Phoenix Sampling of Martian Soil Delayed

Phoenix Sampling of Martian Soil Delayed
This image from NASA's Phoenix Mars Lander's Robotic Arm Camera (RAC) shows material from the Martian surface captured by the Robotic Arm (RA) scoop during its first test dig and dump on June 1, 2008. The test sample shown was taken from the digging area informally known as "Knave of Hearts." (Image credit: NASA/JPL-Caltech/University of Arizona/Max Planck Institute)

NASA scientists delayed the Phoenix Mars Lander's sample gathering for one sol, or Martian day, they announced on Tuesday, in order to practice moving the craft's robotic arm and to deal with a slight glitch with one of the lander's instruments.

The mission team performed an initial "dig and dump" with the lander's robotic arm scoop on Sunday, which Phoenix principal investigator Peter Smith described as "sort of what a child does on the beach with their sand pail and shovel."

However, the mission scientists are doing their digging "blind" ? from millions of miles away, sending instructions to the lander in the morning and getting data back on maneuvers in the evening. "It's like explaining to someone over the telephone how to tie their shoes," Smith noted.

The $420 million dollar mission is designed to dig down into the soil of the Martian arctic to the layers of water ice thought to lie underneath to see if that ice might once have been liquid and could have created a habitable zone for microbial life at some point in the past.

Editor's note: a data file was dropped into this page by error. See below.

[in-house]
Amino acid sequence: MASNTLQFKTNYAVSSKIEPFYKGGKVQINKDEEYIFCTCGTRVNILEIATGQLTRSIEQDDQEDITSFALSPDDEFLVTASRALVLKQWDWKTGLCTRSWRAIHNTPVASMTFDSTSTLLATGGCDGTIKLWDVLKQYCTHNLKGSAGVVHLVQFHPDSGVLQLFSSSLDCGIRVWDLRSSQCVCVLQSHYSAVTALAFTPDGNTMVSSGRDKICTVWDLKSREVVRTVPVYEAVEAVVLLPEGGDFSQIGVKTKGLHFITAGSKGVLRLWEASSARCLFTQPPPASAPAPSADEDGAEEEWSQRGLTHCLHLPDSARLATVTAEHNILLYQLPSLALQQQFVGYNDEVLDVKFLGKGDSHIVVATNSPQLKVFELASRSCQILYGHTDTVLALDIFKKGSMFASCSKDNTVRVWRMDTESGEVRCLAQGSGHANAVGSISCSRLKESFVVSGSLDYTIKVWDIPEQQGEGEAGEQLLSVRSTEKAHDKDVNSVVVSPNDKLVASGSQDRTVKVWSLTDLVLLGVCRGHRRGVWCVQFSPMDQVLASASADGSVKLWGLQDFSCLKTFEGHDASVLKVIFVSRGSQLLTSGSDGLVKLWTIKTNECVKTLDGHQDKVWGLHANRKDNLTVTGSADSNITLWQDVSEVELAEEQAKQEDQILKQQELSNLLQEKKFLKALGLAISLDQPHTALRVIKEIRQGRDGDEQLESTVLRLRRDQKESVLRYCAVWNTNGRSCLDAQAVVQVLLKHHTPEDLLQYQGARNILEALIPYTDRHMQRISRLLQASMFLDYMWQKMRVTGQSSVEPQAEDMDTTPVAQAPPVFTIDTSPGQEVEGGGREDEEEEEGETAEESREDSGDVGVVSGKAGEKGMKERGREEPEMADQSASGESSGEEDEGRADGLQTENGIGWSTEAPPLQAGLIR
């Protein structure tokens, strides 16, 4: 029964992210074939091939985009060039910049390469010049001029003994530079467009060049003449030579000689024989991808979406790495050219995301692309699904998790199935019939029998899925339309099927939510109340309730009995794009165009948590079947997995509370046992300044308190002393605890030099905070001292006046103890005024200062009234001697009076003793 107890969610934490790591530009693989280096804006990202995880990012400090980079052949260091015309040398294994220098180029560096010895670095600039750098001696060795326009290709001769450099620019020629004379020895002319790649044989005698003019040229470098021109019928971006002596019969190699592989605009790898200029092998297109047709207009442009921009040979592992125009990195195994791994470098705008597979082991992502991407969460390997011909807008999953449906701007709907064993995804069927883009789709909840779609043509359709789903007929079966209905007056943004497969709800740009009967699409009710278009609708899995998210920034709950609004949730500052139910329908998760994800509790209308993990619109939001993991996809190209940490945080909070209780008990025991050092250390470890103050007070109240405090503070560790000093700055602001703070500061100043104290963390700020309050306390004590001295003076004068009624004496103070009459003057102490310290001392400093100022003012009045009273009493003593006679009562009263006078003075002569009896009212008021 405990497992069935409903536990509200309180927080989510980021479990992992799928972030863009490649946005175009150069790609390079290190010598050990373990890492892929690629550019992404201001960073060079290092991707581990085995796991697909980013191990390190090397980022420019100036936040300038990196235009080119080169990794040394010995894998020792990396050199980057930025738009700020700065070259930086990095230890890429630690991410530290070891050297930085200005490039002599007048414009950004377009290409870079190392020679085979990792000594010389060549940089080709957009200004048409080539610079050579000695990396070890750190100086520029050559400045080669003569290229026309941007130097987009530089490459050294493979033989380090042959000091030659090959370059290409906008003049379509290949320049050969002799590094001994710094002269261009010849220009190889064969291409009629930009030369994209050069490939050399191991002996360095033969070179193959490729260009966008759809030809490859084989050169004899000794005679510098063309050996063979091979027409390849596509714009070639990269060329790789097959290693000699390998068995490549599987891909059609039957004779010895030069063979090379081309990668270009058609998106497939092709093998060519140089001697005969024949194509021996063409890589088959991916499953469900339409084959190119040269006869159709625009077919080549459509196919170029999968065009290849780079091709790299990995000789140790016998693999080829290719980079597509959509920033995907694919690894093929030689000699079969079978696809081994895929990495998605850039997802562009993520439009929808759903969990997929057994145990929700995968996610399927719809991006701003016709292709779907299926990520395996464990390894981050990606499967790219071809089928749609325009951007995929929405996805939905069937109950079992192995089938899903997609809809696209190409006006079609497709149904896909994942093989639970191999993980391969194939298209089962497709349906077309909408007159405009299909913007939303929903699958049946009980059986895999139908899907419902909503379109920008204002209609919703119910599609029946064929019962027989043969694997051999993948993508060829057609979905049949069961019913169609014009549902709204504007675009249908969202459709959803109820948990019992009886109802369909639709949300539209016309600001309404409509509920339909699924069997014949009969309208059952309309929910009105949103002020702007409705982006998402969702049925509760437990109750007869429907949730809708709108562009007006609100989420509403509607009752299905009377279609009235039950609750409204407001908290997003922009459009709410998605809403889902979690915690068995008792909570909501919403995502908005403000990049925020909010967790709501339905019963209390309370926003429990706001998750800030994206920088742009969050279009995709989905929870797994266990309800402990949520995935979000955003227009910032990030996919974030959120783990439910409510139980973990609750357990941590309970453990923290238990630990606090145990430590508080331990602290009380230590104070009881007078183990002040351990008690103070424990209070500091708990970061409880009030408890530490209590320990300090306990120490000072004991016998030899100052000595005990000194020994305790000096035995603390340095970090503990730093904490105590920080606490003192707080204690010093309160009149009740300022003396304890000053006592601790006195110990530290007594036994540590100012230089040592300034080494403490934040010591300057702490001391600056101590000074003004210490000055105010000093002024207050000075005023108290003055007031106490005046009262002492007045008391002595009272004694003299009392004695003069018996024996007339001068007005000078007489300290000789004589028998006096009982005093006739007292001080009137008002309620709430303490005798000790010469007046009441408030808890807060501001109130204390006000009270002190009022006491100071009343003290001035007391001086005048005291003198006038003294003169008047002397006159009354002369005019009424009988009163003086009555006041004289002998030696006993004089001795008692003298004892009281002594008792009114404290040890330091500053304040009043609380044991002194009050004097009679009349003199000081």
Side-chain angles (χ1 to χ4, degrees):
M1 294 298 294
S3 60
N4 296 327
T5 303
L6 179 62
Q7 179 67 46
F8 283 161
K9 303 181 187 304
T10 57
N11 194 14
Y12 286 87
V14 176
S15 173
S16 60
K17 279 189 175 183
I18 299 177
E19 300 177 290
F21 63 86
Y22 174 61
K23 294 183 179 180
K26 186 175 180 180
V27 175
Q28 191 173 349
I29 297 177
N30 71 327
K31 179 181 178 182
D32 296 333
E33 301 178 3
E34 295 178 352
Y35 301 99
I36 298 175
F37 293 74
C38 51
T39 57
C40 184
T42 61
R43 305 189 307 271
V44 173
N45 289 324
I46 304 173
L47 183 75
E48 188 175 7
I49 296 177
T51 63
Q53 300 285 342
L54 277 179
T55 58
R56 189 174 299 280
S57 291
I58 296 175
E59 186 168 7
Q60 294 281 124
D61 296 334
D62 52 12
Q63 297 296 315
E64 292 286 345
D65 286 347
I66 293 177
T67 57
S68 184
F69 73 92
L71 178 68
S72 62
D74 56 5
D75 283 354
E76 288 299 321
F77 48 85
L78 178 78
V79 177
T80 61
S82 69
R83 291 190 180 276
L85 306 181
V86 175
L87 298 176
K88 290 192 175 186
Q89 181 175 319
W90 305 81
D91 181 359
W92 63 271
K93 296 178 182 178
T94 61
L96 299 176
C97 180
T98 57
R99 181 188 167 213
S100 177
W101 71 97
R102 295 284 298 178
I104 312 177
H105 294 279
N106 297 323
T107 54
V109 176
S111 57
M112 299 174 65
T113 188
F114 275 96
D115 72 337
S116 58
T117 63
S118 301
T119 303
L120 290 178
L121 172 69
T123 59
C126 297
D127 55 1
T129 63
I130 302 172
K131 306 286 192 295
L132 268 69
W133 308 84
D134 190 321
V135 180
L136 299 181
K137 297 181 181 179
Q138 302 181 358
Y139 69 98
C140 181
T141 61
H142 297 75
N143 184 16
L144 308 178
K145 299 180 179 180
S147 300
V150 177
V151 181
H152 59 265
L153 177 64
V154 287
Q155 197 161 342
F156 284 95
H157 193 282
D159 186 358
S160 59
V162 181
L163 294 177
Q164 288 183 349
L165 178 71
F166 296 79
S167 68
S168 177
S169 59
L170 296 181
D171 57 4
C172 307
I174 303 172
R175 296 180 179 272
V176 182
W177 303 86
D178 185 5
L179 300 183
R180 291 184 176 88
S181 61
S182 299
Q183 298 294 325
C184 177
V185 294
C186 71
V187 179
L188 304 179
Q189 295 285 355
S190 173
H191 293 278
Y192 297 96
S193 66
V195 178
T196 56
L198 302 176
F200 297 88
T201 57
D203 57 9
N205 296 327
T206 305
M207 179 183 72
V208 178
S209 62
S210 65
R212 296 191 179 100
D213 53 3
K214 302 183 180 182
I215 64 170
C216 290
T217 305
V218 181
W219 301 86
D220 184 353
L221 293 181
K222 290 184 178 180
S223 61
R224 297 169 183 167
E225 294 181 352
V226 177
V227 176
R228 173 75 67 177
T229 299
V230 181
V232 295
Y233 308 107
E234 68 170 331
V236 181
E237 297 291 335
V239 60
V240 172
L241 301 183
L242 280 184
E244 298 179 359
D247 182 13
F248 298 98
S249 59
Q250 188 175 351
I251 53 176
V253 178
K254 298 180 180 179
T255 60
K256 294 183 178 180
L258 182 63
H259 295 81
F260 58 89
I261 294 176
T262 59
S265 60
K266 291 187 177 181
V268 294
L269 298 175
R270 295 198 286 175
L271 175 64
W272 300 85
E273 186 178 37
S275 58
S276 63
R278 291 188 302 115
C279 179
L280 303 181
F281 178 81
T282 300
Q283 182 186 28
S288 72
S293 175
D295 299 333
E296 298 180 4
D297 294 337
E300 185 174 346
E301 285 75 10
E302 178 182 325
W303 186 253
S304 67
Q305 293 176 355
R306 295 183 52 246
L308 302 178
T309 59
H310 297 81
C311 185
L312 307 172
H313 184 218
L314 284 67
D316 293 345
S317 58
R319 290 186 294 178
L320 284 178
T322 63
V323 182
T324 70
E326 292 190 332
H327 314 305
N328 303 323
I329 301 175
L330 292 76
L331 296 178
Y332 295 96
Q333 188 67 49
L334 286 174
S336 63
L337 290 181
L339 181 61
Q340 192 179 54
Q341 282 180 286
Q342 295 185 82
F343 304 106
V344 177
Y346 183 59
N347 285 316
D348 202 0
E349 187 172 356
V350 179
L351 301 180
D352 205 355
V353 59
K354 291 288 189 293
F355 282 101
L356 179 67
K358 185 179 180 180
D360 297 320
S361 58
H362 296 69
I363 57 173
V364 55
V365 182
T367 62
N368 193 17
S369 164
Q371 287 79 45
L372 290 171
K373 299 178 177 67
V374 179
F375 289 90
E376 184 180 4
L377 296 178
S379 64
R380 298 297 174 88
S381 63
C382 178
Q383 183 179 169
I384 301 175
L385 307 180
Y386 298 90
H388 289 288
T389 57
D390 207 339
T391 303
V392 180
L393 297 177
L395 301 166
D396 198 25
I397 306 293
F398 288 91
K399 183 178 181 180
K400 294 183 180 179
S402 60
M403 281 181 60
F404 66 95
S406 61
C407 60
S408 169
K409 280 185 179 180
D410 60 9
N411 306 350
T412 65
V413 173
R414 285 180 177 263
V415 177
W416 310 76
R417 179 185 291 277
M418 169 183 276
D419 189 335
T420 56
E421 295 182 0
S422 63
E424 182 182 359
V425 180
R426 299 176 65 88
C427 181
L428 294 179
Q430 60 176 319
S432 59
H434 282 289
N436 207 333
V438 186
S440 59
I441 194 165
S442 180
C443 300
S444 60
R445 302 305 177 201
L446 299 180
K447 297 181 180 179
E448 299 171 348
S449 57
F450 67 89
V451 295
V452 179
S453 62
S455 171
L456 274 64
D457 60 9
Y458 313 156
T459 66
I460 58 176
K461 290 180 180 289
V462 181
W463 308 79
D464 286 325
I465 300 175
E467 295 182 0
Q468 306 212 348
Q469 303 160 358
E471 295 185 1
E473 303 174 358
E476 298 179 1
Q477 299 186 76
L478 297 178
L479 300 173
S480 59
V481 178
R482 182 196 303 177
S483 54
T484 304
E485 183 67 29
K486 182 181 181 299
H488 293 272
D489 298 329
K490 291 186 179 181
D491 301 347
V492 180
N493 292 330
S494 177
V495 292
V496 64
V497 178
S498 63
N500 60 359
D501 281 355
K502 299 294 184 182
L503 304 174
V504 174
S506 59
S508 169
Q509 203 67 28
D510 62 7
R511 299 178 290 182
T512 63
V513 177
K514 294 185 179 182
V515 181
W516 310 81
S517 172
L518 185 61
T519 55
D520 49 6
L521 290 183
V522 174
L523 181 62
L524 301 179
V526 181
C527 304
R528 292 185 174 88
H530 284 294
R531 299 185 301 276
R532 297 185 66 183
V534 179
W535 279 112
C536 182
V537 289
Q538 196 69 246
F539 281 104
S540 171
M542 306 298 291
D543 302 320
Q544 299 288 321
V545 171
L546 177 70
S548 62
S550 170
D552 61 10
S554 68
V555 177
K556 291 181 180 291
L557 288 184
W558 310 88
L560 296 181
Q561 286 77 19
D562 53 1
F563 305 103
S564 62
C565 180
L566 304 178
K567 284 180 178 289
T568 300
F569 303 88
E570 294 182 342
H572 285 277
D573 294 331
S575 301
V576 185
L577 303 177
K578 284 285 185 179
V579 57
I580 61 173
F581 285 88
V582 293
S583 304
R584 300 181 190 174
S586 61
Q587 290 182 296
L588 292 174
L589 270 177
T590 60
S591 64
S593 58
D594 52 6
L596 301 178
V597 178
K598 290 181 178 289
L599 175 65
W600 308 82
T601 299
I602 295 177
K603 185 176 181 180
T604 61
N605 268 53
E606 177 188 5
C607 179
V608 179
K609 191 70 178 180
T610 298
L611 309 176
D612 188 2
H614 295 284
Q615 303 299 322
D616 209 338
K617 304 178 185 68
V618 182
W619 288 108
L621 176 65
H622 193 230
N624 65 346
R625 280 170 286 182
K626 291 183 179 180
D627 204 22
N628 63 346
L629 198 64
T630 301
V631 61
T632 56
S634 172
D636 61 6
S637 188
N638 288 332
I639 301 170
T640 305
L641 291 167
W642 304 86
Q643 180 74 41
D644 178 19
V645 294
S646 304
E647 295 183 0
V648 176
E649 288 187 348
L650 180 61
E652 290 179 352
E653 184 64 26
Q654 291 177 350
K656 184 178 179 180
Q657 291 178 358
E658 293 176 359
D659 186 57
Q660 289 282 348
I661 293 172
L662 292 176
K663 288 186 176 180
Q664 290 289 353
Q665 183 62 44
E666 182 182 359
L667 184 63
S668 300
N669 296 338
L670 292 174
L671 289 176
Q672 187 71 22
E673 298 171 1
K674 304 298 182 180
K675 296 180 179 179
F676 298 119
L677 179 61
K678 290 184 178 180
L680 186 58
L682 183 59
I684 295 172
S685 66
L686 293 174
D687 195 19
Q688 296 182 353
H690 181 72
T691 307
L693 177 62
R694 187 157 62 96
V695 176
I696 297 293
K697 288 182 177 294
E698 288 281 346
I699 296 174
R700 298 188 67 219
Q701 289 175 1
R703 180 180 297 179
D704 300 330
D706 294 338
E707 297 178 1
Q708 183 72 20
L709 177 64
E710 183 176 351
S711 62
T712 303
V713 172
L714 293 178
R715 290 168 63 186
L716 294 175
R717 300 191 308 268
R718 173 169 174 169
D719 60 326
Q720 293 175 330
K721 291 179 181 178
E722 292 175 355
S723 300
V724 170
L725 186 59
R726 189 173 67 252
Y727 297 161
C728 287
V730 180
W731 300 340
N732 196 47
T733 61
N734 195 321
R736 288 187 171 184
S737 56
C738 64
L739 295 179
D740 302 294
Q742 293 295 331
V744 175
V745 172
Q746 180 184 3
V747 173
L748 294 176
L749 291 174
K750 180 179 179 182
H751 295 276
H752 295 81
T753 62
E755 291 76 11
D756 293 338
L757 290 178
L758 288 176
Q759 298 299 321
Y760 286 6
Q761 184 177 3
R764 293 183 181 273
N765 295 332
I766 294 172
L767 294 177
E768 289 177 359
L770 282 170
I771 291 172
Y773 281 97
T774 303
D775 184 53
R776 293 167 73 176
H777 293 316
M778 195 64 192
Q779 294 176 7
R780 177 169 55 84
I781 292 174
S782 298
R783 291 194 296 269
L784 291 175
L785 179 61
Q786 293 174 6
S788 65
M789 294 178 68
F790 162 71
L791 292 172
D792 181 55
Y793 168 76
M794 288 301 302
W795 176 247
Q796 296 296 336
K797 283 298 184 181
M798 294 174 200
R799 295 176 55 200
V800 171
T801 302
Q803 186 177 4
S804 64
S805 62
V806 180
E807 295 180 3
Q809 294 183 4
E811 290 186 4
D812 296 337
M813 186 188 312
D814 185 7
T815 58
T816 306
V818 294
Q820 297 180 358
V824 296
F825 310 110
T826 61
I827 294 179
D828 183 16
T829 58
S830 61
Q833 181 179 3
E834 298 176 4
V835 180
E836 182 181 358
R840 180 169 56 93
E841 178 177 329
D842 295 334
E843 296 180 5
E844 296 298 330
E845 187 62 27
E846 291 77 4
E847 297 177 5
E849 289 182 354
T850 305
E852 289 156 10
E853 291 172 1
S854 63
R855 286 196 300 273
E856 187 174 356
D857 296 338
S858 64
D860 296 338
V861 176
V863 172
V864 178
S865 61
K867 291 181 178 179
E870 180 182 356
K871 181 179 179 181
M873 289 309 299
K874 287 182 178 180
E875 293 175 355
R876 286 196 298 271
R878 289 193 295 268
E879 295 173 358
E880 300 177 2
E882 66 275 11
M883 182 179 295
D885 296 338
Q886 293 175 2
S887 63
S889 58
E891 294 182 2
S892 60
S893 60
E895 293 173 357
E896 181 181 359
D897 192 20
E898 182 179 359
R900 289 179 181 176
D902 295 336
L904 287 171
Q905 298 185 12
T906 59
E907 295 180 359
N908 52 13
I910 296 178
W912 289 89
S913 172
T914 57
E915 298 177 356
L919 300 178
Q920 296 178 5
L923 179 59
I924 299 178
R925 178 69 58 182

After programming that first dig and dump, scientists had trouble finding the pile of discarded Martian soil. "Yesterday we had a bit of a mystery," Smith, of the University of Arizona, said.

They were eventually able to find the small pile in an image taken the same day as the dump, but scientists then decided they needed to practice with the arm more and do another "dig and dump."

"They haven't really mastered it," Smith said. "Doing this slowly and deliberately is the right thing to do."

The second "dig and dump" command was sent to the lander on Monday night and should occur during the day on Tuesday.

Some of the soil from the first "dig and dump" also unexpectedly stuck to the scoop; Smith is unsure why this would happen but says the scientists must now be more careful so they don't inadvertently dump soil onto the lander.

Mission controllers hit another snag when images returned from Phoenix showed that one of the doors to its Thermal and Evolved-Gas Analyzer (TEGA) had only partially opened (the other opened completely).

"This is not what we expected," Smith said. But he added that they believe the problem is temperature-related and that once the temperatures warm up in the afternoon on Mars, the door will completely open. If it doesn't, "we know that we can get a sample into our oven exactly the way we want to even with a door partially open," he said.

Still, the team decided that this is another good reason to delay sample gathering by one day.

"I think one more day and we're there," Smith said.

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Andrea Thompson

Andrea Thompson is an associate editor at Scientific American, where she covers sustainability, energy and the environment. Prior to that, she was a senior writer covering climate science at Climate Central and a reporter and editor at Live Science, where she primarily covered Earth science and the environment. She holds a graduate degree in science health and environmental reporting from New York University, as well as a bachelor of science and and masters of science in atmospheric chemistry from the Georgia Institute of Technology.